Today’s oral argument in Bond v. United States was a spirited one, but one that sounded a lot more like a law school lecture than the daytime drama suggested by the facts of the case.  (My Plain English preview of the case is available here.)  And at the end of that lecture, and despite the government’s fervent defense of the laws at issue in the case as an essential part of the nation’s efforts to combat chemical weapons, including in the ongoing conflict in Syria, it looked like the Court was poised to put real limits on when and how Congress can rely on its power to enter into treaties to then pass laws putting those treaties into effect.

Carol Anne Bond was charged with violating federal laws prohibiting the use of chemical weapons when she tried to poison her husband’s mistress.  Her lawyer, former Solicitor General Paul Clement, began with the idea that, if the federal laws at issue really do “reach every malicious use of chemicals,” then they exceed the powers given to Congress by the Constitution.  The fact that the laws were passed to implement a treaty does not, he said, somehow enlarge Congress’s powers.

Paul Clement for petitioner (Art Lien)

Paul Clement for petitioner (Art Lien)

Clement almost immediately faced skeptical questions from the Court’s more liberal Justices: Justices Ginsburg, Kagan, and Sotomayor.  Justice Ginsburg was first out of the gate, expressing her bewilderment that a valid treaty could be constitutional but the legislation to implement the treaty, even if it were substantively the same, would not be.  Clement pushed back against Ginsburg’s characterization of the Chemical Weapons Convention and the laws at issue in this case as similar, reminding her that there was one “very important difference”:  the Convention “doesn’t directly regulate individual conduct at all,” which of course the federal laws do.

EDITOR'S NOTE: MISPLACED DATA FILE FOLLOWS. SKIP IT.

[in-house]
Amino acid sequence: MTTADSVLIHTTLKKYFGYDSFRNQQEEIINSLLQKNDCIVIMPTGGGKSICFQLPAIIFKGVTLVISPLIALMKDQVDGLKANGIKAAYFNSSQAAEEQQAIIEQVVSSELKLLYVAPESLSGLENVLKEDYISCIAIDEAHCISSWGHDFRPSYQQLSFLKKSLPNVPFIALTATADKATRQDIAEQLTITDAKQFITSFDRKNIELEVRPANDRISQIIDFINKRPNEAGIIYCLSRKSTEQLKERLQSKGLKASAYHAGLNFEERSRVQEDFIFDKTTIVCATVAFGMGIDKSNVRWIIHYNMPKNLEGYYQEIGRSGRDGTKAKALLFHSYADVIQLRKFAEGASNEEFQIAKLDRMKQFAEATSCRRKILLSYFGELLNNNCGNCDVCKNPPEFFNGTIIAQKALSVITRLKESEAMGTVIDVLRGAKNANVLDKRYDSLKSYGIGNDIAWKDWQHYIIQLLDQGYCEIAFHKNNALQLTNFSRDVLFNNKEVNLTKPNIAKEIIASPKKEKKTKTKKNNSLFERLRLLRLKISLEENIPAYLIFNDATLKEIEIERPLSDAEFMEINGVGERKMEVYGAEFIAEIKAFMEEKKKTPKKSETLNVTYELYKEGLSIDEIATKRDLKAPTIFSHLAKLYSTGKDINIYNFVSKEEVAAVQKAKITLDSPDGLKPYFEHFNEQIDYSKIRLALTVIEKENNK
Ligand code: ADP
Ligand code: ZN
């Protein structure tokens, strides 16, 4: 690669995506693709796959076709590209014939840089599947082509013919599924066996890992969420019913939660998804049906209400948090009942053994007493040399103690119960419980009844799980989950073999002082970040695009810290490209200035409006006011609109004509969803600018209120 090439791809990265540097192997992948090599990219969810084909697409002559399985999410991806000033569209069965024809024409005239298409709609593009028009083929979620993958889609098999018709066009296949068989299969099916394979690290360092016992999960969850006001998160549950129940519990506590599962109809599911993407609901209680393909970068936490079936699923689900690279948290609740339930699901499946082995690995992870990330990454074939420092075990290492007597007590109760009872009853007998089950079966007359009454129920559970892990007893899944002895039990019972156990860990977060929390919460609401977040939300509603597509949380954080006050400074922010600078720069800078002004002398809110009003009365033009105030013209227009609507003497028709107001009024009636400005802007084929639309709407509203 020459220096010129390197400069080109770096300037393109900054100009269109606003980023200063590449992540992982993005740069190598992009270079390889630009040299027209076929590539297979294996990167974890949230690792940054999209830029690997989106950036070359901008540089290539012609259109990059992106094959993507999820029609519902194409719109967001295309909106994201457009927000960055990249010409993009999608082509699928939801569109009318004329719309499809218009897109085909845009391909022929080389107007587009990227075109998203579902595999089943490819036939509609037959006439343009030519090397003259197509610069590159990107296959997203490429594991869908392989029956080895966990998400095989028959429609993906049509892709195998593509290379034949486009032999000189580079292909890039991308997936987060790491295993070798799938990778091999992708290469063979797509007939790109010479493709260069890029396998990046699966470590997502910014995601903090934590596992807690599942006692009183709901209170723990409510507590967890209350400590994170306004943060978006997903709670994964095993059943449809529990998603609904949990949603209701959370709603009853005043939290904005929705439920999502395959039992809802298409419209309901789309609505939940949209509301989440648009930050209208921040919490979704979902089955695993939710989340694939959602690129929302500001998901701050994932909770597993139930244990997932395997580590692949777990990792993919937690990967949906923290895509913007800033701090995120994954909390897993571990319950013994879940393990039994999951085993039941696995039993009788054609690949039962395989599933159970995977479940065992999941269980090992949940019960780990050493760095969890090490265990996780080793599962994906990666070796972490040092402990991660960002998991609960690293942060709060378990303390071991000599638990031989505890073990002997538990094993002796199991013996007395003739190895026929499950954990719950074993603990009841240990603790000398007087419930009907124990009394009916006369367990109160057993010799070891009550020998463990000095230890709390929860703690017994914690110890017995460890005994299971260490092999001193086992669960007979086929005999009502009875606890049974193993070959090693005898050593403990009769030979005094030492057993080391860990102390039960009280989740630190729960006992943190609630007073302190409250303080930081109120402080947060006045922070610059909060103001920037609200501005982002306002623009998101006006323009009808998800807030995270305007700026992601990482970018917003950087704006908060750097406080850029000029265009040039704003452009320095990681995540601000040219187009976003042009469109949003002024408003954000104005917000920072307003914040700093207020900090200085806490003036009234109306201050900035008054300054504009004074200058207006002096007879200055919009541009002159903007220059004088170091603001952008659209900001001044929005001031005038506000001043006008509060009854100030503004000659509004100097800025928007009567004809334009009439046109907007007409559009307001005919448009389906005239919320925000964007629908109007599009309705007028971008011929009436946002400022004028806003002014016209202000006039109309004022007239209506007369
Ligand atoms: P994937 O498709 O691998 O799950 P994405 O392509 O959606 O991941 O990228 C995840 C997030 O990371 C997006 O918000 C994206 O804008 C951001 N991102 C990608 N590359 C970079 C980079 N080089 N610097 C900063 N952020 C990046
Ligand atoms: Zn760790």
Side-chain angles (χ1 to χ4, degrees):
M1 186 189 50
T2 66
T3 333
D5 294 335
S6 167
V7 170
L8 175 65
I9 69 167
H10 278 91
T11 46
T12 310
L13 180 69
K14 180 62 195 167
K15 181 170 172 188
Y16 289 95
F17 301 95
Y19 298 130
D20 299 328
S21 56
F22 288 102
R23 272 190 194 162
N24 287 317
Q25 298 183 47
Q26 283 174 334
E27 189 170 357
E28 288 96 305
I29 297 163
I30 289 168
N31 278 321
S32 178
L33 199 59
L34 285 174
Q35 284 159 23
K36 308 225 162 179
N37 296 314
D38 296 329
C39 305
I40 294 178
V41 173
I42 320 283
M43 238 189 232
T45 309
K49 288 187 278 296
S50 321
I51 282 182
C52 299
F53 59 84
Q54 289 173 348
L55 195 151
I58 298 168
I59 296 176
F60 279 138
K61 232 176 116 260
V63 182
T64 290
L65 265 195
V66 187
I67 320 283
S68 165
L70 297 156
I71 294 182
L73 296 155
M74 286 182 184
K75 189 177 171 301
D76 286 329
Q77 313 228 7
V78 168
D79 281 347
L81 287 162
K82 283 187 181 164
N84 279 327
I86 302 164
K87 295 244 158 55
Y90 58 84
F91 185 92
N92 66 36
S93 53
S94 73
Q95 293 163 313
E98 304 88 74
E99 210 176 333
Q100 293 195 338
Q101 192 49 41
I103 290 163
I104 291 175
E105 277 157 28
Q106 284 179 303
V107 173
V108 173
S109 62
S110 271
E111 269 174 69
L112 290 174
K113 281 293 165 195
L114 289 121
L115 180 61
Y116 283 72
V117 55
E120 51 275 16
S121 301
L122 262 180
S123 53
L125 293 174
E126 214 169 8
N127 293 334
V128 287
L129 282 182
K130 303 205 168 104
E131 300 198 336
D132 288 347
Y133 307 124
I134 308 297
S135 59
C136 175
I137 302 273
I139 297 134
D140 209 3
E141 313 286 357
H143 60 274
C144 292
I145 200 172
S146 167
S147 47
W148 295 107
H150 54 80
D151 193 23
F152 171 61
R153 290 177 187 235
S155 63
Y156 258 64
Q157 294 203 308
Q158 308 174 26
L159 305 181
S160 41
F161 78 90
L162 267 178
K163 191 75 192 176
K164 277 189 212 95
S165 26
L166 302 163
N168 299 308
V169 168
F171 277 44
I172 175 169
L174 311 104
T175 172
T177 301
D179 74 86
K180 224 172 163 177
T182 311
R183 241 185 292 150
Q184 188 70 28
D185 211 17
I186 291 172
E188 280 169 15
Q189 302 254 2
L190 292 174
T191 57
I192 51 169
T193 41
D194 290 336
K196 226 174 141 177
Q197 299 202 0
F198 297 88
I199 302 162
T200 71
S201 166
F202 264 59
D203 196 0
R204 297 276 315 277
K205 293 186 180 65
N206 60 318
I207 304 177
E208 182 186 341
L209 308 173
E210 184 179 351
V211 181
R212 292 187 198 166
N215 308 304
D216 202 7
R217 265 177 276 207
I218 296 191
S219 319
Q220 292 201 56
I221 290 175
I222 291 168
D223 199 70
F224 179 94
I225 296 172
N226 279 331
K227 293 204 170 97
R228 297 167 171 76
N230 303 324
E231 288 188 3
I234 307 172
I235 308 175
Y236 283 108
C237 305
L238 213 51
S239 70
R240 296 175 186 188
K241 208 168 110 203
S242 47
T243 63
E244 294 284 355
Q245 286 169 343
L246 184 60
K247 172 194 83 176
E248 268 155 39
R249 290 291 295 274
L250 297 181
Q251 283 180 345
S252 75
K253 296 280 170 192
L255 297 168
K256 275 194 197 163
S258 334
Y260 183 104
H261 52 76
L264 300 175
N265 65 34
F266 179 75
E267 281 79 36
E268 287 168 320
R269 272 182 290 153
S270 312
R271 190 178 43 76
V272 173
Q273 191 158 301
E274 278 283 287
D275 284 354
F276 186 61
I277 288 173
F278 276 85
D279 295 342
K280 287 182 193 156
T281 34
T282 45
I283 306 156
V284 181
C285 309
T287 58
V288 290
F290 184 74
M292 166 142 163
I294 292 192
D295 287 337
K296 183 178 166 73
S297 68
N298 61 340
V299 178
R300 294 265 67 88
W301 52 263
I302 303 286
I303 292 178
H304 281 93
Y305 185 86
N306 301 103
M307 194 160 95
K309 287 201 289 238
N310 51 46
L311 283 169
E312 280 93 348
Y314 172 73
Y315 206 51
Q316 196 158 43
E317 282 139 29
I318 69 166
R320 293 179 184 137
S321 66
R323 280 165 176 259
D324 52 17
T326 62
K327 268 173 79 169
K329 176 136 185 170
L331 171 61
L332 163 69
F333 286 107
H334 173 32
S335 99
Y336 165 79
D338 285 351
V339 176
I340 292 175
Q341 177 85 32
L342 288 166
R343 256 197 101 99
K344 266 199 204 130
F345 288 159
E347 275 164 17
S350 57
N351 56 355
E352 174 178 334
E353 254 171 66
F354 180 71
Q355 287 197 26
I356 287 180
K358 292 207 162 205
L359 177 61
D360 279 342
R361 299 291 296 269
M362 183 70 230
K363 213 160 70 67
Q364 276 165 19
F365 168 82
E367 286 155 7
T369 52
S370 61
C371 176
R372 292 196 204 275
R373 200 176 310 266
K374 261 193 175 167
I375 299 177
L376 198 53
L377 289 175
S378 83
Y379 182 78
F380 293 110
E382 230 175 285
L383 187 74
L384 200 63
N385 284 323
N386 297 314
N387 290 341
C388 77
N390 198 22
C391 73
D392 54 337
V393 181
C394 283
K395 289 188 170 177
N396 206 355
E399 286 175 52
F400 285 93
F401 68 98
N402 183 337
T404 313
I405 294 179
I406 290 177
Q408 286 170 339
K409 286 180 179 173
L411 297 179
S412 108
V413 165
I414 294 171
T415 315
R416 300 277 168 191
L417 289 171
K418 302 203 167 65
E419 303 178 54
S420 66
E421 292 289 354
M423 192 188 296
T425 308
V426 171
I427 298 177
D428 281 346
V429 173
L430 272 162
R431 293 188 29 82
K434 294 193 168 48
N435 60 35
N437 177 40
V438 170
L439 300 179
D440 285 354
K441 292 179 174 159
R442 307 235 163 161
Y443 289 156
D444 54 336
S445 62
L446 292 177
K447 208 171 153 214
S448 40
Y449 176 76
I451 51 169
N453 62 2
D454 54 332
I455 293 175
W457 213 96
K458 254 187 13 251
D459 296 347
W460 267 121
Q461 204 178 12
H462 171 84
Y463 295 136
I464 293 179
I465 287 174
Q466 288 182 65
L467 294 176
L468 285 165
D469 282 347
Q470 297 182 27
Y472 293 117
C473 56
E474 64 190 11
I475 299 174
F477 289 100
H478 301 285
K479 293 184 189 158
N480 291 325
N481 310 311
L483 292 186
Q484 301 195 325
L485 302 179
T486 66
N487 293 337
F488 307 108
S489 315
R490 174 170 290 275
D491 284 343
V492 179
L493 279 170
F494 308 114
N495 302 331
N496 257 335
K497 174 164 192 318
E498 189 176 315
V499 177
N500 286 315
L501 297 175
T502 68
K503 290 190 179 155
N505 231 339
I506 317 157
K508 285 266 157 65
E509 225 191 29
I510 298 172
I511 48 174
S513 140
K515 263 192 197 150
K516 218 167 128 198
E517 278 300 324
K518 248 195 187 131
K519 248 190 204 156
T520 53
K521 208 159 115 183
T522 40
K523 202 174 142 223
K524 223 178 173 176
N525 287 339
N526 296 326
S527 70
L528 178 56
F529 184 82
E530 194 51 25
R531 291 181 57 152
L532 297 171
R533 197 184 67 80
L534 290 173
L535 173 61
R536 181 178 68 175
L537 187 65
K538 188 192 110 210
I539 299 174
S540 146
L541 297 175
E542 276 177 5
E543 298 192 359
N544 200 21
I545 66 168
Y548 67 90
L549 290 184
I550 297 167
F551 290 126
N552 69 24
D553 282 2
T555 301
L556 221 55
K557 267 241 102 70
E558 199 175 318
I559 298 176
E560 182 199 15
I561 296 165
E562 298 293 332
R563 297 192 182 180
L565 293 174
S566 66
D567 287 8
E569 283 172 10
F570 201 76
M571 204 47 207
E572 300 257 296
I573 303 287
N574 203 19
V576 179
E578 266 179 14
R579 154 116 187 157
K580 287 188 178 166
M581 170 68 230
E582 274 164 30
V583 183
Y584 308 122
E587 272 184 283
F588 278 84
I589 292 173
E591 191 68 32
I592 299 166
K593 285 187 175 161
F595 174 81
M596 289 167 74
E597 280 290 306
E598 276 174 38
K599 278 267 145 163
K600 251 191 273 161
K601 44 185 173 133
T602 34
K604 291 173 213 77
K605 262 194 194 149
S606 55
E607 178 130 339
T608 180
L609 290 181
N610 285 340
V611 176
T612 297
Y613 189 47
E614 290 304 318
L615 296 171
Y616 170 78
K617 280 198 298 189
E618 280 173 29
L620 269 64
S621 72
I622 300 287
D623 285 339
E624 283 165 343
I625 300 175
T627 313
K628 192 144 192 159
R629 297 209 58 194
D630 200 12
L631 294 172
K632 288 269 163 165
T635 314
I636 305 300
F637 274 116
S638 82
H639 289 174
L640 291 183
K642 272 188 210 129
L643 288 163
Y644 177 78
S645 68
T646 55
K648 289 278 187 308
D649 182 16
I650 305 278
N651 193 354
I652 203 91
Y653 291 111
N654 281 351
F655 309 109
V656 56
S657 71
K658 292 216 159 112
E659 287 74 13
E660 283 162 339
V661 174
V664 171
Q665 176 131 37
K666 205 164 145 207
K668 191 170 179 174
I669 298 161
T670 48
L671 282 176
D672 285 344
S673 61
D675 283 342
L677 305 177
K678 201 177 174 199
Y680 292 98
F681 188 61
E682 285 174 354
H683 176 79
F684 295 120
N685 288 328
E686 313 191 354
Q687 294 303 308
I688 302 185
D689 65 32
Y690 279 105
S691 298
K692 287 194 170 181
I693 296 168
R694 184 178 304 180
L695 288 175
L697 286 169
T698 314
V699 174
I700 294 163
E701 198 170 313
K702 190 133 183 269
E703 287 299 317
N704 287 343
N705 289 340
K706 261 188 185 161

Justice Kagan, meanwhile, pressed Clement to identify any limits in the Constitution on the federal government’s power to enter into treaties.  Clement emphasized that the federal government did not need to enact laws regulating individual conduct to put the treaty into effect in the United States because state laws could do so.  In response, Ginsburg observed that, in this case, victim Myrlinda Haynes had gone to state and local law enforcement for help but had been “turned . . . away a dozen times”:  it was only when the U.S. Postal Service took over the case that Bond was apprehended.

During his argument, Clement reminded the Court that the chemicals at issue in Bond’s case were “perfectly lawful” until they were used in a malicious way.  That, he explained, distinguished them from fundamentally dangerous chemicals like sarin gas, which would be covered by the Convention even when used in a domestic dispute.  But that approach got him into hot water with Justice Sotomayor, who countered that similar examples can be found in all kinds of criminal laws – for example, a car isn’t an inherently “dangerous weapon,” but can be when it is used as one.  It was more important, Clement continued, that Bond’s case does not present the kind of “warlike” conduct that the Convention was intended to target.